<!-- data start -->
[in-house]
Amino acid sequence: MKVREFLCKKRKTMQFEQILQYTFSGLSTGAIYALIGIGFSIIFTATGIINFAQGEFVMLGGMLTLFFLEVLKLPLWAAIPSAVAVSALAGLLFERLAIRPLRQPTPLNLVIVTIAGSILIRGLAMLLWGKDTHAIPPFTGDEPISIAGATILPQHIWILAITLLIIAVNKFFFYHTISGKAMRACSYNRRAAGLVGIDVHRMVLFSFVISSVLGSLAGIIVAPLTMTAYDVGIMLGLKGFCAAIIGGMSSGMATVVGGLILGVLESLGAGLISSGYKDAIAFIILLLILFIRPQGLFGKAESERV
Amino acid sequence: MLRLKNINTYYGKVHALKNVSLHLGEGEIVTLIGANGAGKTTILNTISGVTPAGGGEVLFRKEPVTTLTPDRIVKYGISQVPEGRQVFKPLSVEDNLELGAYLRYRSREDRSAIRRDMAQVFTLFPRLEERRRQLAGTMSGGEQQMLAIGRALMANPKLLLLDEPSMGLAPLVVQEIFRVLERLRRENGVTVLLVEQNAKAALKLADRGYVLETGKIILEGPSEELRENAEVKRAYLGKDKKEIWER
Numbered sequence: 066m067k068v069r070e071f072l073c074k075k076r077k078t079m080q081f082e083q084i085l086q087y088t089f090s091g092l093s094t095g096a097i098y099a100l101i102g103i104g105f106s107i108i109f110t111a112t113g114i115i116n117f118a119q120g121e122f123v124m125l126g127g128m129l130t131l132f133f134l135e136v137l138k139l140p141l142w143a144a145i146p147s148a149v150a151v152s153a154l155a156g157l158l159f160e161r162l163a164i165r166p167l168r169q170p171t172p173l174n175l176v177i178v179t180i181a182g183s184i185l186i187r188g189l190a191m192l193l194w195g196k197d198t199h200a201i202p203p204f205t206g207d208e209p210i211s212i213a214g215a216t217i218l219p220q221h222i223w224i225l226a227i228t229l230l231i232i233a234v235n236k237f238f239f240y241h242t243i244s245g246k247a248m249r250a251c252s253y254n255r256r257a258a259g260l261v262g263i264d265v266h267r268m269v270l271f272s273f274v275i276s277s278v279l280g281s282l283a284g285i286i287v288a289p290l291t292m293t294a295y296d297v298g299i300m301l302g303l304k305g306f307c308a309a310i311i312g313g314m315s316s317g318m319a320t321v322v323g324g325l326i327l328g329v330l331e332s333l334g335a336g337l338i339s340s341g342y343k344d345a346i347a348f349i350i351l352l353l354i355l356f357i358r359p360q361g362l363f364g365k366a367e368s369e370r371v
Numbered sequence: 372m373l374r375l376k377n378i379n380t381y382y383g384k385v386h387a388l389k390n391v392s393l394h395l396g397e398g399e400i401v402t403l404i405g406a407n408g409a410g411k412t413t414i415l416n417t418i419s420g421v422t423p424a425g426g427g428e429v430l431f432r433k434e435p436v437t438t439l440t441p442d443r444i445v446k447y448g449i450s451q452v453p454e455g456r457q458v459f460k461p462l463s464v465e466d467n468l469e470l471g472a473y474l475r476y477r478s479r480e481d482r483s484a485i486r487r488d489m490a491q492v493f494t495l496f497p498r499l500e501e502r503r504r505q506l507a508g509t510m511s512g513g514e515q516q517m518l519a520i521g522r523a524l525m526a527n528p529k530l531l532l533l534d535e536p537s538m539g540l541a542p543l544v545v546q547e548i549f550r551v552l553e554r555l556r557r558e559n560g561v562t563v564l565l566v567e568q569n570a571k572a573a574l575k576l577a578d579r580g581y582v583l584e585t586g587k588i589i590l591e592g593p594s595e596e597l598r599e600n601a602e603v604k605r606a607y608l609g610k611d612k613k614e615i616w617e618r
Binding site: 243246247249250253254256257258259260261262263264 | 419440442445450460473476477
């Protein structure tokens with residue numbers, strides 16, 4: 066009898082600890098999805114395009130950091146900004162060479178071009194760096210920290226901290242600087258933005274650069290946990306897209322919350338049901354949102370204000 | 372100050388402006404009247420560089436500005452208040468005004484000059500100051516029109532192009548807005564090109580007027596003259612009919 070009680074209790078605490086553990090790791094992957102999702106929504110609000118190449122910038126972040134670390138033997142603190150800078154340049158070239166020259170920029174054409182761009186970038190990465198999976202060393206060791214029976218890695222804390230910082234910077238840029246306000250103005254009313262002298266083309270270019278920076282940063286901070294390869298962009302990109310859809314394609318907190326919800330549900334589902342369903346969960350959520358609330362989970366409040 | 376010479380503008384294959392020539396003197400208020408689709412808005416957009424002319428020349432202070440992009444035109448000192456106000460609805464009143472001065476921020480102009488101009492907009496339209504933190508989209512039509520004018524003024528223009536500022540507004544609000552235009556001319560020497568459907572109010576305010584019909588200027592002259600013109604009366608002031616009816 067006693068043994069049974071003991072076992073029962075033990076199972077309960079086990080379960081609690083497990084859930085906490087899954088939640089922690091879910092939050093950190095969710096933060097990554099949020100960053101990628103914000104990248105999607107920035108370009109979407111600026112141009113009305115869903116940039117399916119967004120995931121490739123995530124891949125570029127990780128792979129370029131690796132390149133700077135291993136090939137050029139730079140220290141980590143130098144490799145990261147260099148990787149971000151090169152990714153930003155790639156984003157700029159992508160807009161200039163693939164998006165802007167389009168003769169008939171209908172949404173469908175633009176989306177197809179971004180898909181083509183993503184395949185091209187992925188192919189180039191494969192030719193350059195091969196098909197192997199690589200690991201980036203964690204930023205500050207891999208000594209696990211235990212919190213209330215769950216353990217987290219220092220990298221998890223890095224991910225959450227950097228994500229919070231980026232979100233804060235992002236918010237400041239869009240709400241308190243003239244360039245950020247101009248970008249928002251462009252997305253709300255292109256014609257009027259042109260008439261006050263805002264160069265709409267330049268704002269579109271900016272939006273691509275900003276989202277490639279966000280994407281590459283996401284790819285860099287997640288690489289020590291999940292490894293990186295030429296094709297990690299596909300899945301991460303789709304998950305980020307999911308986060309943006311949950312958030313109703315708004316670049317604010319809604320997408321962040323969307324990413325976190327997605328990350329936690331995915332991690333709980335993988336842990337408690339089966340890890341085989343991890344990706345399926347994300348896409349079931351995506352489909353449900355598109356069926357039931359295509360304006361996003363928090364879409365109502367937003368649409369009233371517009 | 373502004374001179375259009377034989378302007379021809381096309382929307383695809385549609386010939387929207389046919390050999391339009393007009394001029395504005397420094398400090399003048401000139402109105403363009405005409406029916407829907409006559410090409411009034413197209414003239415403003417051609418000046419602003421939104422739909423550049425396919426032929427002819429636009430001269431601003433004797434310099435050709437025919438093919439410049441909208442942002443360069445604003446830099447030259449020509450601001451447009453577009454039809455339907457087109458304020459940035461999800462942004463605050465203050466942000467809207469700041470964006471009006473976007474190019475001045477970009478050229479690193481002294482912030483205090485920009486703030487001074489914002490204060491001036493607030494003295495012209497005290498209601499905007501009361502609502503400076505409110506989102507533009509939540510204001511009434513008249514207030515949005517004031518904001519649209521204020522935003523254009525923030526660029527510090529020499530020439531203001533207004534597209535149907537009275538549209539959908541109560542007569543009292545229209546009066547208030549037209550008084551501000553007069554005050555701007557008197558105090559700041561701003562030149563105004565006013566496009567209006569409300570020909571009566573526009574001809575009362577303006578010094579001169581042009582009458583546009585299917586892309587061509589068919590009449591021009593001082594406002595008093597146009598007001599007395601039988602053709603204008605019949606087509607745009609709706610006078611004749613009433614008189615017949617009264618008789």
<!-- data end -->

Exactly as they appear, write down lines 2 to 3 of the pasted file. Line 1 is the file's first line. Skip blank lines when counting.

Amino acid sequence: MKVREFLCKKRKTMQFEQILQYTFSGLSTGAIYALIGIGFSIIFTATGIINFAQGEFVMLGGMLTLFFLEVLKLPLWAAIPSAVAVSALAGLLFERLAIRPLRQPTPLNLVIVTIAGSILIRGLAMLLWGKDTHAIPPFTGDEPISIAGATILPQHIWILAITLLIIAVNKFFFYHTISGKAMRACSYNRRAAGLVGIDVHRMVLFSFVISSVLGSLAGIIVAPLTMTAYDVGIMLGLKGFCAAIIGGMSSGMATVVGGLILGVLESLGAGLISSGYKDAIAFIILLLILFIRPQGLFGKAESERV
Amino acid sequence: MLRLKNINTYYGKVHALKNVSLHLGEGEIVTLIGANGAGKTTILNTISGVTPAGGGEVLFRKEPVTTLTPDRIVKYGISQVPEGRQVFKPLSVEDNLELGAYLRYRSREDRSAIRRDMAQVFTLFPRLEERRRQLAGTMSGGEQQMLAIGRALMANPKLLLLDEPSMGLAPLVVQEIFRVLERLRRENGVTVLLVEQNAKAALKLADRGYVLETGKIILEGPSEELRENAEVKRAYLGKDKKEIWER